The Talmud Tested, and Found Wanting
“Thus saith the LORD, Stand ye in the ways, and see, and ask for the old paths, where is the good way, and walk therein, and ye shall find rest for your souls. But they said, We will not walk therein.” ~ Jeremiah 6:16 (KJV)
Alexander McCaul’s The Talmud Tested, a book originally published in the 19th century under the title The Old Paths, Or The Talmud Tested By Scripture; Being A Comparison Of The Principles And Doctrines Of Modern Judaism With The Religion Of Moses And The Prophets, has recently been republished by Independent History & Research with an all new introduction by Christendom’s foremost living scholar of rabbinic Judaism, Michael Hoffman. This consistently Christian critique of Judaism is a very important work of scholarship in a field that, with the exception of Hoffman and a handful of others, has been almost entirely neglected by the modern Church.
Style and Divisibility of the Book
The chapters comprising the contents of The Talmud Tested were originally written by McCaul as a series of 60 individual weekly installments. In each installment, a particular topic is selected and dissected in a formulaic manner:
- The topic is introduced.
- The position of modern Judaism is detailed from authoritative Judaic sources.
- The position of the Old Testament is stated.
- The position of Judaism is shown to be in violation of the Old Testament.
- The position of the New Testament is stated, and shown to be in agreement with the Old.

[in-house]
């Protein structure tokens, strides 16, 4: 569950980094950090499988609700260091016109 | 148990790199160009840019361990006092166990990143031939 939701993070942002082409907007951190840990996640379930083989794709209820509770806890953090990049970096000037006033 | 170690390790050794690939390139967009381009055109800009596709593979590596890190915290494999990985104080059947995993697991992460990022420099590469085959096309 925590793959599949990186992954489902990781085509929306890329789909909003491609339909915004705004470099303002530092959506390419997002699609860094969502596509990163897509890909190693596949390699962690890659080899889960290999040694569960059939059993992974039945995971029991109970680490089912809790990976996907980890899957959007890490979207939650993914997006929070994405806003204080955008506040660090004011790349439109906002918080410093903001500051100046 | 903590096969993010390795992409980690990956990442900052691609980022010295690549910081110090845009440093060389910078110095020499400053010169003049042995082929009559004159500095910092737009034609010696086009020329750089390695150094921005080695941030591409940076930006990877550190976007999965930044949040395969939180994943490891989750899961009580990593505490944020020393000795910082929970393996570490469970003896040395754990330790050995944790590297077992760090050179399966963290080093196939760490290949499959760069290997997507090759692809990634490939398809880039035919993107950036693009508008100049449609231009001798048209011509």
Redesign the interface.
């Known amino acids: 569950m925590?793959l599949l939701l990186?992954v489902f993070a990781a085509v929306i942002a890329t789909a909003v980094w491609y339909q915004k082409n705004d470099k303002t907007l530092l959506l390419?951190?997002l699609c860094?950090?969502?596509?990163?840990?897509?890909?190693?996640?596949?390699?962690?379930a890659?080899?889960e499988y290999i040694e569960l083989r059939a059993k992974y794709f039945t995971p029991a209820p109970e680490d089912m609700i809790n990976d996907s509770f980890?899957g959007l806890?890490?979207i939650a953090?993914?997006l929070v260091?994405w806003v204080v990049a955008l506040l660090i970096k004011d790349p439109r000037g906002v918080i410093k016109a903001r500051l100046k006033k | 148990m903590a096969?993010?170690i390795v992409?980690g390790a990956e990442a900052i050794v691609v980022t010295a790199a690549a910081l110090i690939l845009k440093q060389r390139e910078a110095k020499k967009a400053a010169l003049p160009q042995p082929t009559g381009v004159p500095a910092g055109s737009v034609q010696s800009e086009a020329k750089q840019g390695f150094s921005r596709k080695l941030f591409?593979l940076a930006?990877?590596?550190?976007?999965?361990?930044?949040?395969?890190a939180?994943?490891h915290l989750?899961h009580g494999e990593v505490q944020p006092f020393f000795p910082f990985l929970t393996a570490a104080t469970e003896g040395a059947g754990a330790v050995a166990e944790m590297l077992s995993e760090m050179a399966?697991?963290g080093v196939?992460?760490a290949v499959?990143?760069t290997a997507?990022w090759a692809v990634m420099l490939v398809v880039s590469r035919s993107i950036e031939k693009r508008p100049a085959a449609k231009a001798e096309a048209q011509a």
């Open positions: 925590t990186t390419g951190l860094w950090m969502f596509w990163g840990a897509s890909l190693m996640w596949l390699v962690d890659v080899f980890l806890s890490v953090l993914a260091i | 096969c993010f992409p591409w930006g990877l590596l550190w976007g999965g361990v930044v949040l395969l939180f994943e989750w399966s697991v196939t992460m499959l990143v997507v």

- The installment is summarized, and the superiority of Christianity as the proper interpreter of the Old Testament is further established.
The book is topical or episodic in nature, and the reader may choose to interact with as little or as much of the book as he chooses, generally without regard to order. At nearly 700 pages, this tome is outwardly intimidating to the slow reader or the novice, but in actuality is effortlessly divisible without loss of comprehension. My suggestion: read Hoffman’s introduction and the first two chapters, then read as few or as many of the topics as interest you, and finish with the summary and restatement of the core argument in the final chapter.
Stylistically, even though this book was written at a time known for its stilted language, the weekly installments making up its chapters were originally employed as missionary tracts for general consumption. Its scholarship is considerable, but McCaul is nevertheless eminently readable.